“Fairy Tales are not for children, and they don’t care who dies. They never have.”
Agent Henrietta Marchen made some exceptionally dangerous enemies heading up her team of ATI Management Bureau agents as they fight back against a universe of fairy tales constantly looking to happen again at the expense of anyone unlucky enough to fit a story’s mold. They’re only the start of her worries though, as the weight of the personal sacrifice she made to defeat them also hangs over her head and those of of team, who aren’t in the best of shapes themselves…
This is a direct sequel to Indexing, and heavily depends on concepts, characters, and events in that book. Start reading there.
Like Indexing, this sequel is a police procedural in a world where fairy tale narratives are an unseen force always looking to co-opt peoples lives. It’s an unusual and clever concept, brought to another level by the even more imaginative directions McGuire pushes it. Like the first this was originally released in serialized form, although the pacing and scope feel quite a bit different.
This one seems closer to chapters broken up into short story format than the first (which edged more towards connect short stories), but both approaches were successful and it’s nice to see the author able to adapt the style to properly fit the particular story being told. There are some conveniences, and these aren’t quite as tight as her October Daye series, but that’s small criticism and these are still fantastically built adventures that are highly enjoyable to watch unfold.
“Take all the time you need, as long as you don’t need very much.”
I don’t want to spoil any plot details so this will be kept necessarily vague, but Henry and her team are in for a bit of a wild ride this time around. And admittedly, at points the reader has to be content to go along for said ride and things get stranger and more complicated. But in the end it all comes together beautifully and the entire book maintains a wonderful feel of escalating stakes and a constant sense of urgency. Danger, complications, and internal dilemmas all plague our protagonists, and it’s all balanced well to provide a compelling overarching story as well as important moments of character development.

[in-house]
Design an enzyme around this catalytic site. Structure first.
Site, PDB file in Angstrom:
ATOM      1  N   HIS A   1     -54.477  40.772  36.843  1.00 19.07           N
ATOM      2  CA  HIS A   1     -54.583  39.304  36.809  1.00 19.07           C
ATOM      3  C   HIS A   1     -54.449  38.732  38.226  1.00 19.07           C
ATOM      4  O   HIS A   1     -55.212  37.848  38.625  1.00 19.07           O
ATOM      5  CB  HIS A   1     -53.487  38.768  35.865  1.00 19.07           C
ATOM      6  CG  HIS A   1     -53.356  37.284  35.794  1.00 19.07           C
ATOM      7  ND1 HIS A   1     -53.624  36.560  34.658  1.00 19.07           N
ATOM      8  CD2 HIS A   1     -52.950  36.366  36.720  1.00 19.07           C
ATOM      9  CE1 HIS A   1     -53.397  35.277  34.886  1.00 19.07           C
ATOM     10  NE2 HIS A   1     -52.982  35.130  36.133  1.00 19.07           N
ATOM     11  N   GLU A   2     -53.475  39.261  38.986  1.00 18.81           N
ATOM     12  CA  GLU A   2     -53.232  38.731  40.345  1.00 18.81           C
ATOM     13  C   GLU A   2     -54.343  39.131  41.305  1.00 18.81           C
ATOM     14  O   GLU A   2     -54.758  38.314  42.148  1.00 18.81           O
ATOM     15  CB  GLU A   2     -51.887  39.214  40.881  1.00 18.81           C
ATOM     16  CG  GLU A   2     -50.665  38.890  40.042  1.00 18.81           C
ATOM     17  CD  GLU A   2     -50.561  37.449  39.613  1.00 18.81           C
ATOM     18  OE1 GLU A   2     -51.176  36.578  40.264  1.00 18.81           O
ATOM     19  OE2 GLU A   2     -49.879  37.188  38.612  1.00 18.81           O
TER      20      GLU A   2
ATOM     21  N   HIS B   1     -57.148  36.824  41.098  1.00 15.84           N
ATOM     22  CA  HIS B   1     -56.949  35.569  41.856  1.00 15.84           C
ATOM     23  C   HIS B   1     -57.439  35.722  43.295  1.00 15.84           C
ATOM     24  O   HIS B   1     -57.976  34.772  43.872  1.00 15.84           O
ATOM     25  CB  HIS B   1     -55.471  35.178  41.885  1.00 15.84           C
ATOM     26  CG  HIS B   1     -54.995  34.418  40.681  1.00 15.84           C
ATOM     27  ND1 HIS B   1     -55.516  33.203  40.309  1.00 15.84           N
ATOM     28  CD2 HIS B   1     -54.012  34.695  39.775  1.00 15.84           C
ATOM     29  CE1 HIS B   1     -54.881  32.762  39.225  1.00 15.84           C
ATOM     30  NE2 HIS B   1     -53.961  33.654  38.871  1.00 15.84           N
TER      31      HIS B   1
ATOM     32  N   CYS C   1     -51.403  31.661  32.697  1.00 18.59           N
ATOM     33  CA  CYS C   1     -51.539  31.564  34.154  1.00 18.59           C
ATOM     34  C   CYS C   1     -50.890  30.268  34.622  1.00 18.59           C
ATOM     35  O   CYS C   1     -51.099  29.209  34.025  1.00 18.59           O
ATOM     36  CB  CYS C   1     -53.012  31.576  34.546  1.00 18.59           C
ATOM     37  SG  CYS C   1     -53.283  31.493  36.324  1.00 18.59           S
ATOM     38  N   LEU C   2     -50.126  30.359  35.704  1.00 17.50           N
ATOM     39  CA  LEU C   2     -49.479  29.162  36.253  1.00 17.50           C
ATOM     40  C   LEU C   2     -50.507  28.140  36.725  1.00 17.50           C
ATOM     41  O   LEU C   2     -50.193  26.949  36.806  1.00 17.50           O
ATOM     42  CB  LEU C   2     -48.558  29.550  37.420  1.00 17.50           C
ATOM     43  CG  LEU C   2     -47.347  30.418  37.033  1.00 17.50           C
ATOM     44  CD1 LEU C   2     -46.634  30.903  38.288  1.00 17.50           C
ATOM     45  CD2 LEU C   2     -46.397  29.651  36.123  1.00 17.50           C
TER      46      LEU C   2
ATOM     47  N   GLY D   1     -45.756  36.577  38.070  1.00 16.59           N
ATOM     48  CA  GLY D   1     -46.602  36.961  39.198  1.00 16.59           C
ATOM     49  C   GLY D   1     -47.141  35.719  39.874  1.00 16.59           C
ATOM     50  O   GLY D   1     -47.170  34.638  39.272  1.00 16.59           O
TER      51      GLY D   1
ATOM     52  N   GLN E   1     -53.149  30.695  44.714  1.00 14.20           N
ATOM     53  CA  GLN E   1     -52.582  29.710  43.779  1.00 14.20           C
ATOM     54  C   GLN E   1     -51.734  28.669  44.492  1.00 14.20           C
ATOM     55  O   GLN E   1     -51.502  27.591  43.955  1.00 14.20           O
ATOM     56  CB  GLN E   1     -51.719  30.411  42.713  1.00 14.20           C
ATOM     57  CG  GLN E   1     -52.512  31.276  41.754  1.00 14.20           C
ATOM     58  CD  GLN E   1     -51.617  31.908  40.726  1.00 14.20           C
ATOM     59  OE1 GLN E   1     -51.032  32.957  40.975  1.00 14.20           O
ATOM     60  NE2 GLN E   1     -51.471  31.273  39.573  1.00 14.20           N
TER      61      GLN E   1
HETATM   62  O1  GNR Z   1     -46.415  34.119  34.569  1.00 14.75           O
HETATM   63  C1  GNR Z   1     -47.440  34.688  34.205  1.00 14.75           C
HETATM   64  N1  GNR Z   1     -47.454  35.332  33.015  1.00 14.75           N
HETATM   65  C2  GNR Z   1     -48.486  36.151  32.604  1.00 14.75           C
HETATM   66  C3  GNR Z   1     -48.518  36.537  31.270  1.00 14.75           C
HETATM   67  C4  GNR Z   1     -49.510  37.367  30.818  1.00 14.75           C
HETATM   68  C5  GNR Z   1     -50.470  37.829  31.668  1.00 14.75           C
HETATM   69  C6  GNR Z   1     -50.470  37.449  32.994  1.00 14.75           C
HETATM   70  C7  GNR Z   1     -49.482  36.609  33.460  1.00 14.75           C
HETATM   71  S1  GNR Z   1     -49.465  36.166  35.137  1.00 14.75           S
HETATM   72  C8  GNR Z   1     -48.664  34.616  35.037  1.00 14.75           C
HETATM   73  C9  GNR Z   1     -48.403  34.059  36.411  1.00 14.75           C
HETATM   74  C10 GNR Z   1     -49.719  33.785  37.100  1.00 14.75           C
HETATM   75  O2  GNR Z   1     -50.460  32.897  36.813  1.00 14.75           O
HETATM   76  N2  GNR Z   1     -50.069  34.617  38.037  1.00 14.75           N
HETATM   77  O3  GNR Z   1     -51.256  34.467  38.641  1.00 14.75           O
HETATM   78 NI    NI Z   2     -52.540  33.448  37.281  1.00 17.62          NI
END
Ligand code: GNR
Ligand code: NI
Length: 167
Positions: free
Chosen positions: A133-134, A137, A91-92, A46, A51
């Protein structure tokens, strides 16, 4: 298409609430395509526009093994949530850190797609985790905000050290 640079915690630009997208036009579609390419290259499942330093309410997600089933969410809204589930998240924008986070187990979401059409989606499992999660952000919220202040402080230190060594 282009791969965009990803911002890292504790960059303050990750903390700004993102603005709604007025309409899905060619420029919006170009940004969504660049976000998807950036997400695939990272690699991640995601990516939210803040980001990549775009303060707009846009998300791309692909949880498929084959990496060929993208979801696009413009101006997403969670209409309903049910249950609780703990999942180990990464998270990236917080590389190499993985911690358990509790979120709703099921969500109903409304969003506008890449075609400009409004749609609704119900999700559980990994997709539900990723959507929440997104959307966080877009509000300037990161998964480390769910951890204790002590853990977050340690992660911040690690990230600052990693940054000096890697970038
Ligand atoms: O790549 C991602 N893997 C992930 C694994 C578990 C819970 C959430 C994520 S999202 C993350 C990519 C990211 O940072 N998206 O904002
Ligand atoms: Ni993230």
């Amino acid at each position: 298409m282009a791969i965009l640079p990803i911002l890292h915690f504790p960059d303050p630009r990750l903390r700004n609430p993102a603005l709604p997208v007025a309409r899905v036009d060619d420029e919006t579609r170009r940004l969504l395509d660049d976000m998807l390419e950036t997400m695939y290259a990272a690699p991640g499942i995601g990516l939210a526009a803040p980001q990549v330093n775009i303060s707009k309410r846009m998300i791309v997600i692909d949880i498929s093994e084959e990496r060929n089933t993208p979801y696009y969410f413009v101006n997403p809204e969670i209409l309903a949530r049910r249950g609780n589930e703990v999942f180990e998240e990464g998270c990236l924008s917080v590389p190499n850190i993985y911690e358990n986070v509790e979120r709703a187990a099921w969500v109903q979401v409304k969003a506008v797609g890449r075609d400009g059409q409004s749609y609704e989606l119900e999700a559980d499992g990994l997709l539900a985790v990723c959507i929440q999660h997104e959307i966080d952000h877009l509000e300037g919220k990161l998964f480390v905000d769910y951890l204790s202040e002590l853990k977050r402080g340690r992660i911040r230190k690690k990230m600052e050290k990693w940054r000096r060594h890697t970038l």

“She moved like she was mad at the world and wanted to make sure it knew.”
McGuire is great at weaving in little details and using the supporting cast to add depth and engagement to her stories, and that ability continues to shine here, particularly in the introduction of some great new characters. But at its heart this particular journey is about two characters before all others, and it benefits greatly from the tight focus on learning more about the past, present, and possible future of them. There’s a ton of information and context conveyed, and it’s integrated smoothly this time without feeling (too much) like things are pausing for info dumps.
“This is a bad idea. Let’s go somewhere else. Somewhere that isn’t actively preparing to swallow us both alive.”
One of my favorite things about this series, and McGuire’s writing in general, is the natural feel to the characters. Their attitudes, speech patterns, the way they tease each other, and other little moments of interaction really help not only to make each cast member distinct and memorable, but also to make the whole thing relatable. Despite the strange trappings, abilities, etc there’s something genuine about the characters and how they react and interact. It an extremely important layer to making this all accessible and engaging the reader, and McGuire deftly pulls it off.
Overall McGuire’s quirky mash up of procedural and fairy tales continues to be spot on for me. Between her wonderful gift for descriptions and generally smooth writing style, characters I legitimately care about, and fascinating world building, I’m adoring this series and really hope there’s more to come.